It’s Not Only Likeable, It’s Hair Love-able!
Sony, if this short film is an official apology for The Emoji Movie consider yourselves forgiven! The new short film that recently won an Oscar for “Best Animated Short”, Hair Love is a definitely loveable short film by Sony Pictures, adapted from the Children’s book of the same name by Matthew A. Cherry.
The animation features a little girl named Zuri trying to get her hair done all nice and pretty for her mom, with the help of her dad. This film was sweet, cute and had tear-jerking moments.
Hair Love succeeds in portraying a wide array of emotions. It consists of various underlying messages from determination and perseverance, to acceptance. It teaches audiences to take pride in their situation, to make the best of things, and, most importantly, to love.
Love exudes itself throughout the film. Love is shown when the little girl and her dad go head to head to make Zuri’s hair something that would impress her mom. It is shown in Zuri seeing the beauty in her mother even after cancer had taken away something she took pride in, her hair; most prominently shown when Zuri shows her mom a drawing of their family, still crowning her as a queen in light of a dark moment.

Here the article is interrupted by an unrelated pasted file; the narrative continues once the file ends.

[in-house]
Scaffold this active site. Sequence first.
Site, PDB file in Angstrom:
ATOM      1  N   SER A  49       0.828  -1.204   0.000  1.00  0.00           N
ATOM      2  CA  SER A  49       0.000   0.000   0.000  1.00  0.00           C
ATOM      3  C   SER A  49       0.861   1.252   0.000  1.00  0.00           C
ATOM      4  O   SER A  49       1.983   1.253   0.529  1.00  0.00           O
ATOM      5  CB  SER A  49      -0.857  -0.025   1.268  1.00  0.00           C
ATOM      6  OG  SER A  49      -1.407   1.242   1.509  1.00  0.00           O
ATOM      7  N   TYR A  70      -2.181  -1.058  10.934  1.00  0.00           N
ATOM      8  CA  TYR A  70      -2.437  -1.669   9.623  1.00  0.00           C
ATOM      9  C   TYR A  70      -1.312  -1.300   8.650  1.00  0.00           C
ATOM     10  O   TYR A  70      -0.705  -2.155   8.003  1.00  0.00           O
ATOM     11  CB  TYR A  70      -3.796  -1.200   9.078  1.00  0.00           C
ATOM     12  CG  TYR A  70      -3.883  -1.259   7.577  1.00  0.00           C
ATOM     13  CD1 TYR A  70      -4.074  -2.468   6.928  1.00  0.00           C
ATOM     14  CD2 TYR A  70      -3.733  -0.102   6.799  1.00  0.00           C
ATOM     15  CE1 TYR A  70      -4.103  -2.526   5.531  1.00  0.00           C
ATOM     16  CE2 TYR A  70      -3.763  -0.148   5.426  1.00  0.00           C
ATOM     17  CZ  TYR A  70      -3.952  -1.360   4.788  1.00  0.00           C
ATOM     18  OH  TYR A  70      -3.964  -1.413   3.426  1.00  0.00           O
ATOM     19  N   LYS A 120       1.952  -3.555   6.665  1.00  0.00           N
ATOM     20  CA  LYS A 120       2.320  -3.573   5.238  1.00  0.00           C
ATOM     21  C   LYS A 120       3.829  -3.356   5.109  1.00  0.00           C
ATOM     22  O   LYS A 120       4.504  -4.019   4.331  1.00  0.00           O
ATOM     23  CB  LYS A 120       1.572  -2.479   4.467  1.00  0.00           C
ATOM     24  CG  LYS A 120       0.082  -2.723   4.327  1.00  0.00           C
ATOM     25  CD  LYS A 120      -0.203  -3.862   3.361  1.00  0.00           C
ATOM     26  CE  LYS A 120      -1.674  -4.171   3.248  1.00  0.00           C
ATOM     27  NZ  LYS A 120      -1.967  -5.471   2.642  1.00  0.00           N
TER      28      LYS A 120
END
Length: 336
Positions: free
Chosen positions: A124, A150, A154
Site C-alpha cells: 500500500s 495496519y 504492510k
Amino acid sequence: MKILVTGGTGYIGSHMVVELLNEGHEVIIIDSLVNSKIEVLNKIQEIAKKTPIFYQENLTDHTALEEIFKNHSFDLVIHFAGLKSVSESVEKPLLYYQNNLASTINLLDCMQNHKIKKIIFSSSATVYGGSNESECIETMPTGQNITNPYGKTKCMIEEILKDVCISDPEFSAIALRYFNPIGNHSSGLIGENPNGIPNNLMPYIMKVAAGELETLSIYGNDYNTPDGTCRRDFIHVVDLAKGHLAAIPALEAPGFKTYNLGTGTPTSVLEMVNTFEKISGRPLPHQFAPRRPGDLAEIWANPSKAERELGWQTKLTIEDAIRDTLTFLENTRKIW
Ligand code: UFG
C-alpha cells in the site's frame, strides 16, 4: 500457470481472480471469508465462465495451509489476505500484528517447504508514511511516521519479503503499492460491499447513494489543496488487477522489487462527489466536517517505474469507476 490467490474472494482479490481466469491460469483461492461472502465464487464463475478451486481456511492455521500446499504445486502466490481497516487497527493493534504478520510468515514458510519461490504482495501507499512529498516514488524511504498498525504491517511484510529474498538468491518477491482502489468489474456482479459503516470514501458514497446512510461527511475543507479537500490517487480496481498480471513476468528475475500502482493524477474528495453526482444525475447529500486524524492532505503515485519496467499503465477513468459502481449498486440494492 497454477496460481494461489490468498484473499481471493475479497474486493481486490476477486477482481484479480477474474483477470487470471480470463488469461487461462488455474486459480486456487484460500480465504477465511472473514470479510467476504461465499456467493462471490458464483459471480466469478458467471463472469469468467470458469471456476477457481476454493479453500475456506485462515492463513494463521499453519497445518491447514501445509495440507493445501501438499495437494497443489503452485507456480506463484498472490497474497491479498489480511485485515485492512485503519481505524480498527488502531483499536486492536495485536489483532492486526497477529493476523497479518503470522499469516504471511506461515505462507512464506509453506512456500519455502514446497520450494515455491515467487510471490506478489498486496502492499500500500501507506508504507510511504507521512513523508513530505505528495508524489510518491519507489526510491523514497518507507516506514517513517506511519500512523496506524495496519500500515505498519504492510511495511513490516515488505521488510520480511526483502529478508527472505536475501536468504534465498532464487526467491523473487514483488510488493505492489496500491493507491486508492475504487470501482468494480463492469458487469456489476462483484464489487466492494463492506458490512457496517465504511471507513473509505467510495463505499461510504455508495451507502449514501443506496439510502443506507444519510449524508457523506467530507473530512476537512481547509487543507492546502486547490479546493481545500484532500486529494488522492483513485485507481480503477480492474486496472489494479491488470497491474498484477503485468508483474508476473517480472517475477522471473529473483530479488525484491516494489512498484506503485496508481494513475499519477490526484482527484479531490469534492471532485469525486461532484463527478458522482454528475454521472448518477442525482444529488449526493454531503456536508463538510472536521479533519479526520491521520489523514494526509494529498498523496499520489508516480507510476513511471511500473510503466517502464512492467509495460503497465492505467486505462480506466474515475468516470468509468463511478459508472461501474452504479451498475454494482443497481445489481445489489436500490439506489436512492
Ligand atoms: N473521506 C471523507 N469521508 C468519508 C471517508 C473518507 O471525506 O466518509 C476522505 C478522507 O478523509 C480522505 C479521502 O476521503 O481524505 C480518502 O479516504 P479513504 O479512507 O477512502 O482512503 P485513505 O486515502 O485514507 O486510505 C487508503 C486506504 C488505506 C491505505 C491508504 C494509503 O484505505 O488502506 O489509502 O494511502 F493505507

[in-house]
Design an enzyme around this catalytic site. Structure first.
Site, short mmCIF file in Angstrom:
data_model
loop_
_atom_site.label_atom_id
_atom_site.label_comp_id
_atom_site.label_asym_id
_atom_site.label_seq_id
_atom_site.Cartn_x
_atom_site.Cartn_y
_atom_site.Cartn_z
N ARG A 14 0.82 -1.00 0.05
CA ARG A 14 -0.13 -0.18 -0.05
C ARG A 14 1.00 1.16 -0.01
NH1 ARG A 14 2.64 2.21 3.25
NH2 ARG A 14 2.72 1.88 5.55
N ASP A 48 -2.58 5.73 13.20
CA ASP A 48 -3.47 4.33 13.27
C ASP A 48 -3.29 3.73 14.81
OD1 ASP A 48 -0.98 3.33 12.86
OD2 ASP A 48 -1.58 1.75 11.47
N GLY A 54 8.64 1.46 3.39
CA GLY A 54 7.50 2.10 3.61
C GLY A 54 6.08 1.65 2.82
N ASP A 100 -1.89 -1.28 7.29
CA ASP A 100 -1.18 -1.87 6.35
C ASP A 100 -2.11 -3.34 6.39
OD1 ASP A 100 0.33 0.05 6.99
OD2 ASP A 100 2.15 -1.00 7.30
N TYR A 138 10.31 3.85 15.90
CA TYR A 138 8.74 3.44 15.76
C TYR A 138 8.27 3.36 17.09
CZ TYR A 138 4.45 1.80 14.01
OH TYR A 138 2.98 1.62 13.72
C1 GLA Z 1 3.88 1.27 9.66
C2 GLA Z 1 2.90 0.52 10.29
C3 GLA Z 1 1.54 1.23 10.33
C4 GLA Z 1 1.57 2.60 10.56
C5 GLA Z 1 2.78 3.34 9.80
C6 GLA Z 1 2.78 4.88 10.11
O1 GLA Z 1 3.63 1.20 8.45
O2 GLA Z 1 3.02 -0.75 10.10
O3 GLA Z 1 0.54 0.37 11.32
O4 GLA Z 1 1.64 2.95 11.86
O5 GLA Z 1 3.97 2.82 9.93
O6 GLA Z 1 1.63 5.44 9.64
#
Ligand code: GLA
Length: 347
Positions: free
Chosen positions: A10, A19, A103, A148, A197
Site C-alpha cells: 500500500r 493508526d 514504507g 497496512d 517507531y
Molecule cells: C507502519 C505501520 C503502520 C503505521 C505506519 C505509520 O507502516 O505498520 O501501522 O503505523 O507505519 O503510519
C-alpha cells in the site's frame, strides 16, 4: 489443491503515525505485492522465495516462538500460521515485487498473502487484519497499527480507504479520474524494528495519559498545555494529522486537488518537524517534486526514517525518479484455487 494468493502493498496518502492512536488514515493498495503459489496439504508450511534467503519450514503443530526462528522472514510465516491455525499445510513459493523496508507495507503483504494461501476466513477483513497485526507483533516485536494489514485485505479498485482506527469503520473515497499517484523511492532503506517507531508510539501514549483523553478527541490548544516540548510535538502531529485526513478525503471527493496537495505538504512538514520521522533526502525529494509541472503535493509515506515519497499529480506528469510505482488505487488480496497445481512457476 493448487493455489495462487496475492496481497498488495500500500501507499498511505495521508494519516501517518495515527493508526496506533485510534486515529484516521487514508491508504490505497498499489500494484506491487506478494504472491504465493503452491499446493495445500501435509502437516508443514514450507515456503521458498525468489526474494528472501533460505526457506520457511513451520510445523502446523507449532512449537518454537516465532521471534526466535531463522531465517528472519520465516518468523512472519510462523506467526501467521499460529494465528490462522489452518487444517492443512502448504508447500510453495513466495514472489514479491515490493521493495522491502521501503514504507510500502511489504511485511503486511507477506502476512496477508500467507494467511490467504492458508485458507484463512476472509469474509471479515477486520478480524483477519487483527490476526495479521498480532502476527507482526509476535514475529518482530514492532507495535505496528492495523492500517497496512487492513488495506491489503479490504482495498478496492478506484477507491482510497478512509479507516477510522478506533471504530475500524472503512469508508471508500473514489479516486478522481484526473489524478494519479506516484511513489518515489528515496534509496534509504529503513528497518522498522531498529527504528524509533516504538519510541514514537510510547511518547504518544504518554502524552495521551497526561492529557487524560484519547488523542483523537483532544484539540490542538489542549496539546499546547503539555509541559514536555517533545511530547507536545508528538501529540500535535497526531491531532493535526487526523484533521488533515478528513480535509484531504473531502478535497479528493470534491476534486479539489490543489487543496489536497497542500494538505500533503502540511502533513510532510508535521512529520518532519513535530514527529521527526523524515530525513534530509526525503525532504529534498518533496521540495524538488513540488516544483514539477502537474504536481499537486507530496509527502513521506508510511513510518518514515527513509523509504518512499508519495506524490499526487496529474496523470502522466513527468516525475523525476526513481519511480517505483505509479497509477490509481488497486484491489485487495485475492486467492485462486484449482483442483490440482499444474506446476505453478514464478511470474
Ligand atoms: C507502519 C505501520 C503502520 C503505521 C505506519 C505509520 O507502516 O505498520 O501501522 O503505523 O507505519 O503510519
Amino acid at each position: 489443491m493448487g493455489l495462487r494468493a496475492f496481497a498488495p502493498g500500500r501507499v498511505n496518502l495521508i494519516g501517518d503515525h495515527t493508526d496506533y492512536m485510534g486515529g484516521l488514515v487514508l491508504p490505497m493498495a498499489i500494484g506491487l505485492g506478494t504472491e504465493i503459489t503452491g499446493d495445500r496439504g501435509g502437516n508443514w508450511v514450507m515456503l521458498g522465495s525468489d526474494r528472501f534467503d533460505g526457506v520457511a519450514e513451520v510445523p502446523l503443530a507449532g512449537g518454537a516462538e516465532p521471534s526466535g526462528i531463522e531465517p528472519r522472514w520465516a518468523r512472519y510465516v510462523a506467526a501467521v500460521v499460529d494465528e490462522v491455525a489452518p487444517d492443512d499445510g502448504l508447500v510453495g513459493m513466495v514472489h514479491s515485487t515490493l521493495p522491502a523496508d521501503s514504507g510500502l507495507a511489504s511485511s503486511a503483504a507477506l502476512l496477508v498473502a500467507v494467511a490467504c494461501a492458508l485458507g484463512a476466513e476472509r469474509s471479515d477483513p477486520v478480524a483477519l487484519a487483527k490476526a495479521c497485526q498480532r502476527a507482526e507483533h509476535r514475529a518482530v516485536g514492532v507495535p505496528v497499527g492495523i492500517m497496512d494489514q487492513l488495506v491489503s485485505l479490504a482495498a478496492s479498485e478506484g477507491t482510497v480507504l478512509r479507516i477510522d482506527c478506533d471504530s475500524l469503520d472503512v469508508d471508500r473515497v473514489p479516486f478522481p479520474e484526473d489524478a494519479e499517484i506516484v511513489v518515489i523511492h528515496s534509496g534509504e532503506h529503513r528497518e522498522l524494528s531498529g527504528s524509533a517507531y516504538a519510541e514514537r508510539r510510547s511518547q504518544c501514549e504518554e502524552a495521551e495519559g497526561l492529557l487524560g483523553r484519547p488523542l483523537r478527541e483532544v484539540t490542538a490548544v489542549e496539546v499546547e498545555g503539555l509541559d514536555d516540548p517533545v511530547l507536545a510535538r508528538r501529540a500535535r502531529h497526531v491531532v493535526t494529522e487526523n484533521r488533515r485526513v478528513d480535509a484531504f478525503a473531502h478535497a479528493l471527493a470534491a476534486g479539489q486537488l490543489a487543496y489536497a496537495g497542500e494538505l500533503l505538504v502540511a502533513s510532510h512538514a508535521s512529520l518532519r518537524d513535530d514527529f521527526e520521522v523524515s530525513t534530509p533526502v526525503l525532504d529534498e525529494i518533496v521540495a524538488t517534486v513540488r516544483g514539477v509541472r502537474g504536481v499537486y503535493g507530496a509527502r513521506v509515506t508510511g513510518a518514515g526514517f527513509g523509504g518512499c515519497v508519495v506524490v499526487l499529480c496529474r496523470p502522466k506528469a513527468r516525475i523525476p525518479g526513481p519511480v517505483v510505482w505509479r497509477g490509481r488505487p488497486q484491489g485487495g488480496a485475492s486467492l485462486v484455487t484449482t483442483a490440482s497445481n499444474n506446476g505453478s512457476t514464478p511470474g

In terms of animation, it was impressive that Sony incorporated the actual hair textures for black women, accurately showing the struggles of dealing with hair, and adding a twist of humor amidst the foreshadowing of a serious illness Zuri’s mother faces. The film is impressive with the smoothness of the animation and humor despite there only being few words spoken.
What is really enjoyable is the childlike feel of the animation. With the subtle use of different animations, like the background. The scene sometimes appears as it is drawn with a crayon, making it look more like a drawing by an excited kid, giving the story a more innocent, joyful feel then it already has.
The whole atmosphere and tone is cleverly set with little to no words involved. The short film also wonderfully takes up the difficult topic of cancer and parents with cancer and puts it in a modern perspective, making use of technology for how to do a particular hairstyle and the mother dealing with cancer.
In comparison to other animations by Sony, this one has nothing to do with promoting a movie and is not branched off anything they had made previously— it was purely a stand-alone short film with a lot of heart and thought. The first of many more hopefully!